Right now, though, the only thing I care about committing to is drinking too much water to flush this crap out, and hopefully get a proper night’s sleep tonight. And beyond that, my brain is too destroyed to comprehend anything beyond that. Peace.

Weekly Words: 09-15/09/2018

09/09/18: 2596

To continue in my new strategy of cheating I mean counting my word-count a bit more purposefully, I have counted these words that I wrote approximately half of – because, today, my friend and I finished the final scene in our co-writing project of 10 months!

We wrote it together, which was an interesting (and fun) experience, as up to this point we have written this entire show either episode about or scene about, so this was new territory for us.

We also watched a bunch of intros to old ’90s TV shows, and our show definitely needs one. Particularly one like Animorphs or Big Wolf on Campus. Which is to say like any of the predecessor shows to the likes of The Vampire DiariesShadowhunters, and of course Teen Wolf. We are continuing a proud tradition here. We will do it right.

12/09/18: 924

Why is freewriting so hard?

Oh well, at least it’s getting done.

13/09/18: 0

Seriously, why is it so hard?

I did get stuff done today though, and important stuff. Mostly paperwork. But I also finished The Gentleman’s Guide to Vice and Virtue by Mackenzie Lee, after putting it off for, what, 3 weeks after going out of my way to get it from the library? Not because I didn’t enjoy it; I actually put off reading the other two library books I got out, before this one, just to read it. I enjoyed it. To be honest, I enjoyed the first 50 or so pages quite a bit more than the next 450, but that isn’t to say that those 450 pages were bad. I still enjoyed myself – I guess I just thought that the story was going to be about something other than it was, and skimming Goodreads reviews tells me that I’m not alone in this. As for what it was actually about – basically, it’s a very modern, overtly liberal Bildungsroman, replete with diversity and empowerment and calling out problematic behaviour …

Which is my bag, baby, even if it was a bit less, I dunno, meaty than I would have liked – the diversity and ethic of acceptance that drives this book was great to see, but it was a little … uncomplicated. The main character, Monty, is a privileged white boy (also bisexual, and that is explored regarding how it intersects with his privilege in other areas), and serves as, if not quite an audience stand-in, a privilege stand-in. Of the three central characters (Monty, his BFF/longtime crush Percy, and his younger channeling-Hermione sister Felicity), Percy is the most privileged and the most self-centred, and the various facets of diversity are represented through the lens of his percpective on them. In that sense, there is definitely some exploration of the problems people can face when, for instance, they suffer from a disability and/or social stigma and their privileged friends don’t understand, in the slightest, what it is like to actually have to live with these imposed social burdens, and that is good. But perhaps because it’s a YA novel, perhaps because the author just didn’t want to “go there”, or perhaps because whatever other reason, that’s about as bad as it ever gets. Percy and Felicity are much more likeable than Monty, but they’re also much more boringly perfect, the kind of Strong Character that gets criticised more and more frequently these days for not having much in the way of depth or complexity – although having said that, this book is all from Monty’s POV, and since Felicity is getting her own novel I am definitely keen to be proven wrong about my reading of her as a character who endures hardship as a substitute for having character flaws/depth. If Percy also gets his own book, I will be similarly eager to get my hands on it. Whether or not a character gets to take the perspective spotlight in a story can go a long way towards establishing their character, so while I’m not overly enthused about Felicity and Percy in this book (though I still liked them!), I would definitely be interested to see if that would change if I got to see things from their point of view.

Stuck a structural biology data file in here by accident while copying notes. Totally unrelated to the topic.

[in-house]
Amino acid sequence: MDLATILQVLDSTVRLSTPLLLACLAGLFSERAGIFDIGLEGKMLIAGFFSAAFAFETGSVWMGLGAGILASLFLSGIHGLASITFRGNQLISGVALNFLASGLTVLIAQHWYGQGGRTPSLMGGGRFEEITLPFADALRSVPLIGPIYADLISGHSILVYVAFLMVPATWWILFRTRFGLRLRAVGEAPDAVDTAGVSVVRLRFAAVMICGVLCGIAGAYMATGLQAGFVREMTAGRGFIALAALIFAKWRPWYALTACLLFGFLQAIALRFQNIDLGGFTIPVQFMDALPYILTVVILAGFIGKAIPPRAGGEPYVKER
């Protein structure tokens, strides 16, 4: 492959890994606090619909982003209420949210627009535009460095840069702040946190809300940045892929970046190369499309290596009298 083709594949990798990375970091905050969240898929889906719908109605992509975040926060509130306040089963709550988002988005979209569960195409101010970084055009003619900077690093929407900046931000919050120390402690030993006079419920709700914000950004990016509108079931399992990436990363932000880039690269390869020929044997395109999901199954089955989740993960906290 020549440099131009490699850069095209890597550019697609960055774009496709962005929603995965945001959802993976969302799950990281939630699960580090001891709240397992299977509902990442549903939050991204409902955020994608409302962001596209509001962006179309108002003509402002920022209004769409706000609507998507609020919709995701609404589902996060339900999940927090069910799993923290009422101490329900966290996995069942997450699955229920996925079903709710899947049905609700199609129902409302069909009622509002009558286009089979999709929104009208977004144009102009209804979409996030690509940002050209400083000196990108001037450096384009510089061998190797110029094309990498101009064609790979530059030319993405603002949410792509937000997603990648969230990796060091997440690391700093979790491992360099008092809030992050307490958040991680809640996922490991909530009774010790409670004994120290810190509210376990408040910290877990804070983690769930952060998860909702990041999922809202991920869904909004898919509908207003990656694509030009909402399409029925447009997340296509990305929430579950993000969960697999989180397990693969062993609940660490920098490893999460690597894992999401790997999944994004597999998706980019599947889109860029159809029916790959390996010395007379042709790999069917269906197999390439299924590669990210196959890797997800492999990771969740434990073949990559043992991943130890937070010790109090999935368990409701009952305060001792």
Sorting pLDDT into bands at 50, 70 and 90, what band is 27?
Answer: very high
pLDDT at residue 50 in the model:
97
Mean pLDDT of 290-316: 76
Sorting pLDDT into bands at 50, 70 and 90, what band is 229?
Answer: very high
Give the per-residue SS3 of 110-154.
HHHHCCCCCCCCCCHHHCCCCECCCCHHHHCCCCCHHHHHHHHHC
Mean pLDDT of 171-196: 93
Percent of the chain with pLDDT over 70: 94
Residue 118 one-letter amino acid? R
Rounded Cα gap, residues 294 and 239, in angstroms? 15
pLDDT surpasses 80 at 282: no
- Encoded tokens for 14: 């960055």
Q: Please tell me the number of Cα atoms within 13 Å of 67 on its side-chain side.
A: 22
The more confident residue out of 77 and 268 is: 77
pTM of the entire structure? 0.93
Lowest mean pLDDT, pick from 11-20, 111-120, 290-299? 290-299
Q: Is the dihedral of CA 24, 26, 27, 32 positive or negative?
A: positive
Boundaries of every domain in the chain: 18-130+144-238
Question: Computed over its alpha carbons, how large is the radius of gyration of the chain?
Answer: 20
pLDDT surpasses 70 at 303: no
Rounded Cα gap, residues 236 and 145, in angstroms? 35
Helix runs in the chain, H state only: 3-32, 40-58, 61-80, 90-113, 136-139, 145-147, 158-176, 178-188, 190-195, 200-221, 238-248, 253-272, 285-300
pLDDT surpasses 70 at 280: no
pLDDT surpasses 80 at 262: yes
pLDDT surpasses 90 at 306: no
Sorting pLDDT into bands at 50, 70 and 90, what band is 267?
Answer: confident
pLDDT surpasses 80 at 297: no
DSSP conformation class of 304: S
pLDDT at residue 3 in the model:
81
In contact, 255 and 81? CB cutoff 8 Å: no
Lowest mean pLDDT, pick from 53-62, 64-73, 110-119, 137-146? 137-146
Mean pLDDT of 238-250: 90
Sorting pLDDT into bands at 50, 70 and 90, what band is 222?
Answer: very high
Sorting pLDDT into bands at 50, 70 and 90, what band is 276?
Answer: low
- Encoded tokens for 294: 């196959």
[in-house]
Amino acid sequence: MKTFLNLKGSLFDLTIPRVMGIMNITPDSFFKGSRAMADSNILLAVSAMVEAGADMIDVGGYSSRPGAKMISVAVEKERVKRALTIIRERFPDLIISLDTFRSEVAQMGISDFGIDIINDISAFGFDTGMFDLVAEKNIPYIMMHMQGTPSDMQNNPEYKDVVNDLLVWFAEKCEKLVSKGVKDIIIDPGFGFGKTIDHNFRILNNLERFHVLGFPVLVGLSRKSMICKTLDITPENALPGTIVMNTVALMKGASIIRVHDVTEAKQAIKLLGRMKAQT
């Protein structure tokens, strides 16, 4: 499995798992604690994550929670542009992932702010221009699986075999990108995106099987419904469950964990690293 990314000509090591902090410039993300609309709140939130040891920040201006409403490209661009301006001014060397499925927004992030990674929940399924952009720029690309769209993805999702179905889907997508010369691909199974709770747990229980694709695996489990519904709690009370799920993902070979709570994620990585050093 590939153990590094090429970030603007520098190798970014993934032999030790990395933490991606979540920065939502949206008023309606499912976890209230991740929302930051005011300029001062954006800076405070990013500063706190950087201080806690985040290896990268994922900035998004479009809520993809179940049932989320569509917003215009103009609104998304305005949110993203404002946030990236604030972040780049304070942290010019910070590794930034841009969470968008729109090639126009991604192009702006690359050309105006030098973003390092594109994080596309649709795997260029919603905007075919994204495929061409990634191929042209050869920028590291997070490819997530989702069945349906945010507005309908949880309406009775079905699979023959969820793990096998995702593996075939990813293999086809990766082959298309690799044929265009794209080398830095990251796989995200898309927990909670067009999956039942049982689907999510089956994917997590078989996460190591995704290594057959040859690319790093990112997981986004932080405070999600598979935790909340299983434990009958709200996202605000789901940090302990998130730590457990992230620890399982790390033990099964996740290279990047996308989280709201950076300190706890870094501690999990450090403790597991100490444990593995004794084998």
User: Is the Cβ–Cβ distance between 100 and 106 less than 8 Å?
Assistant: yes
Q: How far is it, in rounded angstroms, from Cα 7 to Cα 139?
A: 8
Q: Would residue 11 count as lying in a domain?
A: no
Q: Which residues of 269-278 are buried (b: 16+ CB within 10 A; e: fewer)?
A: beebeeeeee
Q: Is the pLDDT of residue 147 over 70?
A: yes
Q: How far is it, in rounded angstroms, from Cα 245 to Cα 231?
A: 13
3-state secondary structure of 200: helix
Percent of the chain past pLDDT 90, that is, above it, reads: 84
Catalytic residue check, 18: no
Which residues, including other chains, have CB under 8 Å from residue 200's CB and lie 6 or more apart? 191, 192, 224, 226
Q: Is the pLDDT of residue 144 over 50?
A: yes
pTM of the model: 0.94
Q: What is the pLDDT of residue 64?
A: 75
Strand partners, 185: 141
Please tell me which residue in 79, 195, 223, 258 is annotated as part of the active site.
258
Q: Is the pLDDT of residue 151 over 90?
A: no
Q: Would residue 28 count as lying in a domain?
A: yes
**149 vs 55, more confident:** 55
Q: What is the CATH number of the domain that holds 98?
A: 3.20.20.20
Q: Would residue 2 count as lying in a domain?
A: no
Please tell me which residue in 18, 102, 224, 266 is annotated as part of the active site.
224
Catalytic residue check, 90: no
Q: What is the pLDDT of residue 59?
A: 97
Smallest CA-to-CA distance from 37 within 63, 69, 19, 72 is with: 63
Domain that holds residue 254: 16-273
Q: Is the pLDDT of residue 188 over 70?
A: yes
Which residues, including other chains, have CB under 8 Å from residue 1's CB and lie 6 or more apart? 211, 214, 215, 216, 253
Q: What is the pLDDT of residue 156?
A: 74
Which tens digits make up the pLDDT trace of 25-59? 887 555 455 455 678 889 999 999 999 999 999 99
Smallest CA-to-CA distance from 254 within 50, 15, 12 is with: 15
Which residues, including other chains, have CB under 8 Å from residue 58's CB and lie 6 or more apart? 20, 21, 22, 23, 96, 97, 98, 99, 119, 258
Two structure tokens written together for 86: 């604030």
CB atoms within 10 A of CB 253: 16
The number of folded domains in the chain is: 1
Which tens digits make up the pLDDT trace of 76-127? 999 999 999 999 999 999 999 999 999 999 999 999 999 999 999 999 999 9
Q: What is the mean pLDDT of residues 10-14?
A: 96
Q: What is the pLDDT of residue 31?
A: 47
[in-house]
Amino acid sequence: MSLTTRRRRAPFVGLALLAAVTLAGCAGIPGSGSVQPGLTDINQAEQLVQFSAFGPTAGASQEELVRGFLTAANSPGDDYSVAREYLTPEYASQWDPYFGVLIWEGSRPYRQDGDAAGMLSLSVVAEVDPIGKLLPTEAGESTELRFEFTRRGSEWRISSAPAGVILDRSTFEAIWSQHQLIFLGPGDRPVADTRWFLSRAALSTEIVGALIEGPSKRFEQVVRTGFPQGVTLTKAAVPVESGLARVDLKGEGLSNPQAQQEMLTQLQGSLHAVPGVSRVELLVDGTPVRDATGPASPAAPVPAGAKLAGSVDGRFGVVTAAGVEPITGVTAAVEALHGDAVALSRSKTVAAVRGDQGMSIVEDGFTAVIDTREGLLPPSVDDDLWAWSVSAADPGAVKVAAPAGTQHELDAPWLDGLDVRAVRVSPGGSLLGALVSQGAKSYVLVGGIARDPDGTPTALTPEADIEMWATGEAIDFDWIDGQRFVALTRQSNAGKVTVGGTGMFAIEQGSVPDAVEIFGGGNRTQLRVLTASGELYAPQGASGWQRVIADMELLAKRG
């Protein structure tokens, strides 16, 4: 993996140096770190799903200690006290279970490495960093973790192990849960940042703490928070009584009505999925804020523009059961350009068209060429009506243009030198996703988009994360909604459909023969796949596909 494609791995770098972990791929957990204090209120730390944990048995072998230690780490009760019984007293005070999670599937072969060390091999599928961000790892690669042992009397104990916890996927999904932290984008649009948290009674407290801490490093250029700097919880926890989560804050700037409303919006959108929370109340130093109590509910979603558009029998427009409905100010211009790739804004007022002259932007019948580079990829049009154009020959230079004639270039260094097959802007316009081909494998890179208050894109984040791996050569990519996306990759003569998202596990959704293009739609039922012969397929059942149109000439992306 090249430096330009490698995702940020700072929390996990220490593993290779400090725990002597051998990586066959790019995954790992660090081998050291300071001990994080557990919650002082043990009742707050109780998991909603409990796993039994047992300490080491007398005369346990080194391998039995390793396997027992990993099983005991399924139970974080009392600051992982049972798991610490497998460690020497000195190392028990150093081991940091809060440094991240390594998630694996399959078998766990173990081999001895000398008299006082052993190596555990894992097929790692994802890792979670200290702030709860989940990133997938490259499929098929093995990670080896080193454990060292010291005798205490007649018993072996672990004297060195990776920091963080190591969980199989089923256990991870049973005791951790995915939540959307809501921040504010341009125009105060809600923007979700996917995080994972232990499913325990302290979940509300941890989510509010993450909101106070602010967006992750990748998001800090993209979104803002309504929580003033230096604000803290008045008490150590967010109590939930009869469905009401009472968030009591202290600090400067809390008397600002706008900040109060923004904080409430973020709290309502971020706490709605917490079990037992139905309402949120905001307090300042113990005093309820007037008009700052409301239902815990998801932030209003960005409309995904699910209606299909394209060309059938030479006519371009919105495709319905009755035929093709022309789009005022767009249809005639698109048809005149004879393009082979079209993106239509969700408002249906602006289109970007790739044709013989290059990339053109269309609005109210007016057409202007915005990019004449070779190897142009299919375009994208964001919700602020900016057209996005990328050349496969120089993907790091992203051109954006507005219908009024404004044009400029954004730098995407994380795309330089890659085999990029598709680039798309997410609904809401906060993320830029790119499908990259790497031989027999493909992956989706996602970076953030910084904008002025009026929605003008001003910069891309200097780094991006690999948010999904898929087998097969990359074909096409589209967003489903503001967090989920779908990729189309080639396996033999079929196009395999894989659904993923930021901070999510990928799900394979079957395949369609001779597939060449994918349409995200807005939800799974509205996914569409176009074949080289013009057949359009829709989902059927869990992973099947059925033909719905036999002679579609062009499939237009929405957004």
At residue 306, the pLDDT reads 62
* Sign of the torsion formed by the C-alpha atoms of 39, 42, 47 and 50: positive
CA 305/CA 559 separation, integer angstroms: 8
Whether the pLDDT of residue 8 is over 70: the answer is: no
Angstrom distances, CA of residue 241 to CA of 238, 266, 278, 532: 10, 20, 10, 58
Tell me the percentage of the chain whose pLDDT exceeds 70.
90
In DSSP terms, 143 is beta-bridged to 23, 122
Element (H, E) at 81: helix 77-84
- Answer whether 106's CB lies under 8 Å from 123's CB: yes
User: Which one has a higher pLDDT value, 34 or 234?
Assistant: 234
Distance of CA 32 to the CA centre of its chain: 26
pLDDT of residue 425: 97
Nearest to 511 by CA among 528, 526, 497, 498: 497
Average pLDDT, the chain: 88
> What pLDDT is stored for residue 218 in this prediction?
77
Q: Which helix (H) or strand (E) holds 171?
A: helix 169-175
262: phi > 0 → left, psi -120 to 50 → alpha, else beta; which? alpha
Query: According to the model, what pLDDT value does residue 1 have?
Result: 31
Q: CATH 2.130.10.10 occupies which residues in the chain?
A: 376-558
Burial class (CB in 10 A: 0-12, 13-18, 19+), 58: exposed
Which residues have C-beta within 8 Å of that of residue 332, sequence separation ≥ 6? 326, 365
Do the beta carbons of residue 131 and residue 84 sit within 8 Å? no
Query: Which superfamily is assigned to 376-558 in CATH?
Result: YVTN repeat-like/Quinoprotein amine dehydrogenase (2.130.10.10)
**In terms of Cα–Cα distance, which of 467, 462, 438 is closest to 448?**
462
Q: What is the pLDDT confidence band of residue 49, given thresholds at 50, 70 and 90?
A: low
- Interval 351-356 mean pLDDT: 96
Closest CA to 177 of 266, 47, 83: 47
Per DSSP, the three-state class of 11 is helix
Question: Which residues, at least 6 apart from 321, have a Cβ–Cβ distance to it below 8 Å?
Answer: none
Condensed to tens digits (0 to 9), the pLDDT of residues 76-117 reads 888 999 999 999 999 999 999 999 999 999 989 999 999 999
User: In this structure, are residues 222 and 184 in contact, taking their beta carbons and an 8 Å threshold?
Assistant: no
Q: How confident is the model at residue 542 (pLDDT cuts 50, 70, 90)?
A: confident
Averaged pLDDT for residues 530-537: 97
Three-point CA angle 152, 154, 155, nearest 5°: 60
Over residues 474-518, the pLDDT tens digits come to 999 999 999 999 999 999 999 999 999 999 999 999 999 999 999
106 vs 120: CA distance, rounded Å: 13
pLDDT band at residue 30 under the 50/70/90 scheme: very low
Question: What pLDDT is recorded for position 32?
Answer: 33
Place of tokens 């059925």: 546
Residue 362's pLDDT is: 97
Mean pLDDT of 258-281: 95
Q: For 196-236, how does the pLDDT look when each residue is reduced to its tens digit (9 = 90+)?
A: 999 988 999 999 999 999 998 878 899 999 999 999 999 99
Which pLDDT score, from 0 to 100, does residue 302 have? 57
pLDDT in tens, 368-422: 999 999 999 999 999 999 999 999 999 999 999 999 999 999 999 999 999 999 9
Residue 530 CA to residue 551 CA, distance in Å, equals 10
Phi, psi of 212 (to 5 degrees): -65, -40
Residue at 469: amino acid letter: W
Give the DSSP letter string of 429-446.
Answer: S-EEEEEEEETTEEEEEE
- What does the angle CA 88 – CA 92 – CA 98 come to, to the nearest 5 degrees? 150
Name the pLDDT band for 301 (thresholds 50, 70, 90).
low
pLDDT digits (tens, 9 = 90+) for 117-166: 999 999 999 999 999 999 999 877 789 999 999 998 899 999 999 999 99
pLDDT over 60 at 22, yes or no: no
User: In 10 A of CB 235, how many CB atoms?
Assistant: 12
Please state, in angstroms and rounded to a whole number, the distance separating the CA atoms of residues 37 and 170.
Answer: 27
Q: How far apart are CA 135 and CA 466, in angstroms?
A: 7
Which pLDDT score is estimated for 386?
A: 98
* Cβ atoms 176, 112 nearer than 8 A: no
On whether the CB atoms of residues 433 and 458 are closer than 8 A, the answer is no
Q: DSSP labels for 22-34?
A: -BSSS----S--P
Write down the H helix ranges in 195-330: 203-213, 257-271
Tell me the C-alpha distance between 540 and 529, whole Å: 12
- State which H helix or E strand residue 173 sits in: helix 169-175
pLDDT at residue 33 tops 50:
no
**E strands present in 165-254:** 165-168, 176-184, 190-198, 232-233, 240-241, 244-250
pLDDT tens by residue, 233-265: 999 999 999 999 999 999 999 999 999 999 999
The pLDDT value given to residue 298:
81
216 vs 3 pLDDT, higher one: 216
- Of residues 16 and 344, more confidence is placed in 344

And despite my quibbles, Gentleman’s Guide has well and truly validated my choice to swear off urban fantasy for a while and bring YA back into my life. While I wish that perhaps there had been more depth and complexity in this book, it was more depth and complexity than I’ve had the pleasure of reading for a good little while, at least more of the kind that I’m particularly interested in.

Weekly Total: 4702

This has not been a writing week. Just putting that out there.

It has, however, been an important week where I got some important stuff done, and having written this much at the same time is quite gratifying. I have more thoughts about Gentleman’s Guide than I initially thought so there may be a proper book review at some stage. Morning pages are just … maybe if I wake up in the actual morning they’ll be easier? I like the idea, I always feel better for having done them, but I think I need a more structured approach to them right now. I do think pen and paper is the way to go; typing means that you can type more or less at the speed of your thoughts, whereas pen and paper means your thoughts skip ahead to the next thing while you’re still writing the last one, and having to just pick up wherever your thoughts currently are is part of the reason that freewriting works. I actually think I need to differentiate between morning pages and freewriting, and that doing both is a good idea. Morning pages to get in touch with my thoughts, and freewriting to break out of over-thinking.